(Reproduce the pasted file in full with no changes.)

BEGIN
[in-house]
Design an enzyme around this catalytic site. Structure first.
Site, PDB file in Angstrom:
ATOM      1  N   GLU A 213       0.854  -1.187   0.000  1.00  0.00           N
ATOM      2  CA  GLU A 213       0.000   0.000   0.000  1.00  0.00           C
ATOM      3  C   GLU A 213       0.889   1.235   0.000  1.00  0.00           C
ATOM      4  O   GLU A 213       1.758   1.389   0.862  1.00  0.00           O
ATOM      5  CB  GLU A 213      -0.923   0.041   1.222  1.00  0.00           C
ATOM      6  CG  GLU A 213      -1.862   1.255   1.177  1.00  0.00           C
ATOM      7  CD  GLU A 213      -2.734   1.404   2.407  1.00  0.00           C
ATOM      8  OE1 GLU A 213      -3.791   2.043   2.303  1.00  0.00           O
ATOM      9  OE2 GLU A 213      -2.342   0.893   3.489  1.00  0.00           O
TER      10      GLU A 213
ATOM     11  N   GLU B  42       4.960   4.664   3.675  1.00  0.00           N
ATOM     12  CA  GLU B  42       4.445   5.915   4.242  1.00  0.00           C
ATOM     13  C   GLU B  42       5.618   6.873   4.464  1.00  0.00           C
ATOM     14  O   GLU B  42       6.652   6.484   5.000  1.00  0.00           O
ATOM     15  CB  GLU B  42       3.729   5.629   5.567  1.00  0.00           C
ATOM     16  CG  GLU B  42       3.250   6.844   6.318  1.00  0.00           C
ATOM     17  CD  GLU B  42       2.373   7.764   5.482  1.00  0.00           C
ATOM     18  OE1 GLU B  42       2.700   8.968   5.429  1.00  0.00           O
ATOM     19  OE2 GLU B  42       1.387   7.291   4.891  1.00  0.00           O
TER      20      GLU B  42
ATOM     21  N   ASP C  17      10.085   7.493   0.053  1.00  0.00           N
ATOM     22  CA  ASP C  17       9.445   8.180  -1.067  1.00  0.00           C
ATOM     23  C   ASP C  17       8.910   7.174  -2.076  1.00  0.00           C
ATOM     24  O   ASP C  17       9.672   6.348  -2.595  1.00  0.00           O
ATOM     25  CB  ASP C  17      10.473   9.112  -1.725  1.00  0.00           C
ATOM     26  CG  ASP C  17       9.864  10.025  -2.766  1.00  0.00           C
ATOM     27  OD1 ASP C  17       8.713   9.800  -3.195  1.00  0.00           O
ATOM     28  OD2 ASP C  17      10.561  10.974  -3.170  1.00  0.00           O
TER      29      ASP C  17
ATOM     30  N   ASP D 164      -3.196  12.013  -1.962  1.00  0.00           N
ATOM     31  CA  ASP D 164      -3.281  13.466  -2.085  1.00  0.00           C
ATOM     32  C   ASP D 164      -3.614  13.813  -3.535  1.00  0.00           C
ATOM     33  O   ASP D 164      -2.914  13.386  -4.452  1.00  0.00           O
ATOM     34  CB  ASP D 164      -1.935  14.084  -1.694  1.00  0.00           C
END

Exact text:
[in-house]
Design an enzyme around this catalytic site. Structure first.
Site, PDB file in Angstrom:
ATOM      1  N   GLU A 213       0.854  -1.187   0.000  1.00  0.00           N
ATOM      2  CA  GLU A 213       0.000   0.000   0.000  1.00  0.00           C
ATOM      3  C   GLU A 213       0.889   1.235   0.000  1.00  0.00           C
ATOM      4  O   GLU A 213       1.758   1.389   0.862  1.00  0.00           O
ATOM      5  CB  GLU A 213      -0.923   0.041   1.222  1.00  0.00           C
ATOM      6  CG  GLU A 213      -1.862   1.255   1.177  1.00  0.00           C
ATOM      7  CD  GLU A 213      -2.734   1.404   2.407  1.00  0.00           C
ATOM      8  OE1 GLU A 213      -3.791   2.043   2.303  1.00  0.00           O
ATOM      9  OE2 GLU A 213      -2.342   0.893   3.489  1.00  0.00           O
TER      10      GLU A 213
ATOM     11  N   GLU B  42       4.960   4.664   3.675  1.00  0.00           N
ATOM     12  CA  GLU B  42       4.445   5.915   4.242  1.00  0.00           C
ATOM     13  C   GLU B  42       5.618   6.873   4.464  1.00  0.00           C
ATOM     14  O   GLU B  42       6.652   6.484   5.000  1.00  0.00           O
ATOM     15  CB  GLU B  42       3.729   5.629   5.567  1.00  0.00           C
ATOM     16  CG  GLU B  42       3.250   6.844   6.318  1.00  0.00           C
ATOM     17  CD  GLU B  42       2.373   7.764   5.482  1.00  0.00           C
ATOM     18  OE1 GLU B  42       2.700   8.968   5.429  1.00  0.00           O
ATOM     19  OE2 GLU B  42       1.387   7.291   4.891  1.00  0.00           O
TER      20      GLU B  42
ATOM     21  N   ASP C  17      10.085   7.493   0.053  1.00  0.00           N
ATOM     22  CA  ASP C  17       9.445   8.180  -1.067  1.00  0.00           C
ATOM     23  C   ASP C  17       8.910   7.174  -2.076  1.00  0.00           C
ATOM     24  O   ASP C  17       9.672   6.348  -2.595  1.00  0.00           O
ATOM     25  CB  ASP C  17      10.473   9.112  -1.725  1.00  0.00           C
ATOM     26  CG  ASP C  17       9.864  10.025  -2.766  1.00  0.00           C
ATOM     27  OD1 ASP C  17       8.713   9.800  -3.195  1.00  0.00           O
ATOM     28  OD2 ASP C  17      10.561  10.974  -3.170  1.00  0.00           O
TER      29      ASP C  17
ATOM     30  N   ASP D 164      -3.196  12.013  -1.962  1.00  0.00           N
ATOM     31  CA  ASP D 164      -3.281  13.466  -2.085  1.00  0.00           C
ATOM     32  C   ASP D 164      -3.614  13.813  -3.535  1.00  0.00           C
ATOM     33  O   ASP D 164      -2.914  13.386  -4.452  1.00  0.00           O
ATOM     34  CB  ASP D 164      -1.935  14.084  -1.694  1.00  0.00           C